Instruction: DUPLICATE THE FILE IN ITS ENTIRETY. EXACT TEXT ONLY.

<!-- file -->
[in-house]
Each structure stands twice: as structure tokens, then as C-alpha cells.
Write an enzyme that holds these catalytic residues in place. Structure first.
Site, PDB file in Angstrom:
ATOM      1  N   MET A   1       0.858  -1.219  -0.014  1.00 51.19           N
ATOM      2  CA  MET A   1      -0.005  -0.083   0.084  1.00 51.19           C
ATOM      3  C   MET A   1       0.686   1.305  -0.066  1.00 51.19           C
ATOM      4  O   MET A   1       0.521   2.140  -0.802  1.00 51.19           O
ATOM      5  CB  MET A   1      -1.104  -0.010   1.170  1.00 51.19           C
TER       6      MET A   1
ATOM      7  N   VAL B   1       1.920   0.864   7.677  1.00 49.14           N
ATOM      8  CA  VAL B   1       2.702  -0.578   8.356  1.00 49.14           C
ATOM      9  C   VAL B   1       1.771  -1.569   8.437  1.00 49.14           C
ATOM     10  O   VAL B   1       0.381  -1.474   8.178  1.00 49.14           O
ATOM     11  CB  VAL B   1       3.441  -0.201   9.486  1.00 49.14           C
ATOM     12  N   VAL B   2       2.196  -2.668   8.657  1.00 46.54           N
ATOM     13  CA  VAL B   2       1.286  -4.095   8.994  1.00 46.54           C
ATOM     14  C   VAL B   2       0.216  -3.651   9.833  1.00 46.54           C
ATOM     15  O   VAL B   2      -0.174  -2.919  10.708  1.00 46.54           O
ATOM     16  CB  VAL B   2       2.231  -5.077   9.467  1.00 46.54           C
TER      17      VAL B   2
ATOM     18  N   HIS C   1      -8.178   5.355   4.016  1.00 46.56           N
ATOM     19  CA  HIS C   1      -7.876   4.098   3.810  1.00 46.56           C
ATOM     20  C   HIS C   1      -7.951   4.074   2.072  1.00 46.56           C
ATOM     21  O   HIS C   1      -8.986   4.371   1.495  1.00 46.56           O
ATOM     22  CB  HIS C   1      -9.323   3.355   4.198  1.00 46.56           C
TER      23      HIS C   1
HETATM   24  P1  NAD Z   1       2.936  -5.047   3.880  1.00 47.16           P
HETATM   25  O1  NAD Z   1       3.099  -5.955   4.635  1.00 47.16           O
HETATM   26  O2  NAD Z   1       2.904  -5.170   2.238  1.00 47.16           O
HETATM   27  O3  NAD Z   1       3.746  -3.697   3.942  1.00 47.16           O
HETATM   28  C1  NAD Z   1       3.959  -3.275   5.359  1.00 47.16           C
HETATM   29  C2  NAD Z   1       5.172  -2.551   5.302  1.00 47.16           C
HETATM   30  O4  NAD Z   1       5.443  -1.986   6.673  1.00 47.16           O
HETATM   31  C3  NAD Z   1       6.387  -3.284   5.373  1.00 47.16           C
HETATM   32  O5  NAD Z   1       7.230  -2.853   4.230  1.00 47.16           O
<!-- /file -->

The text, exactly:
[in-house]
Each structure stands twice: as structure tokens, then as C-alpha cells.
Write an enzyme that holds these catalytic residues in place. Structure first.
Site, PDB file in Angstrom:
ATOM      1  N   MET A   1       0.858  -1.219  -0.014  1.00 51.19           N
ATOM      2  CA  MET A   1      -0.005  -0.083   0.084  1.00 51.19           C
ATOM      3  C   MET A   1       0.686   1.305  -0.066  1.00 51.19           C
ATOM      4  O   MET A   1       0.521   2.140  -0.802  1.00 51.19           O
ATOM      5  CB  MET A   1      -1.104  -0.010   1.170  1.00 51.19           C
TER       6      MET A   1
ATOM      7  N   VAL B   1       1.920   0.864   7.677  1.00 49.14           N
ATOM      8  CA  VAL B   1       2.702  -0.578   8.356  1.00 49.14           C
ATOM      9  C   VAL B   1       1.771  -1.569   8.437  1.00 49.14           C
ATOM     10  O   VAL B   1       0.381  -1.474   8.178  1.00 49.14           O
ATOM     11  CB  VAL B   1       3.441  -0.201   9.486  1.00 49.14           C
ATOM     12  N   VAL B   2       2.196  -2.668   8.657  1.00 46.54           N
ATOM     13  CA  VAL B   2       1.286  -4.095   8.994  1.00 46.54           C
ATOM     14  C   VAL B   2       0.216  -3.651   9.833  1.00 46.54           C
ATOM     15  O   VAL B   2      -0.174  -2.919  10.708  1.00 46.54           O
ATOM     16  CB  VAL B   2       2.231  -5.077   9.467  1.00 46.54           C
TER      17      VAL B   2
ATOM     18  N   HIS C   1      -8.178   5.355   4.016  1.00 46.56           N
ATOM     19  CA  HIS C   1      -7.876   4.098   3.810  1.00 46.56           C
ATOM     20  C   HIS C   1      -7.951   4.074   2.072  1.00 46.56           C
ATOM     21  O   HIS C   1      -8.986   4.371   1.495  1.00 46.56           O
ATOM     22  CB  HIS C   1      -9.323   3.355   4.198  1.00 46.56           C
TER      23      HIS C   1
HETATM   24  P1  NAD Z   1       2.936  -5.047   3.880  1.00 47.16           P
HETATM   25  O1  NAD Z   1       3.099  -5.955   4.635  1.00 47.16           O
HETATM   26  O2  NAD Z   1       2.904  -5.170   2.238  1.00 47.16           O
HETATM   27  O3  NAD Z   1       3.746  -3.697   3.942  1.00 47.16           O
HETATM   28  C1  NAD Z   1       3.959  -3.275   5.359  1.00 47.16           C
HETATM   29  C2  NAD Z   1       5.172  -2.551   5.302  1.00 47.16           C
HETATM   30  O4  NAD Z   1       5.443  -1.986   6.673  1.00 47.16           O
HETATM   31  C3  NAD Z   1       6.387  -3.284   5.373  1.00 47.16           C
HETATM   32  O5  NAD Z   1       7.230  -2.853   4.230  1.00 47.16           O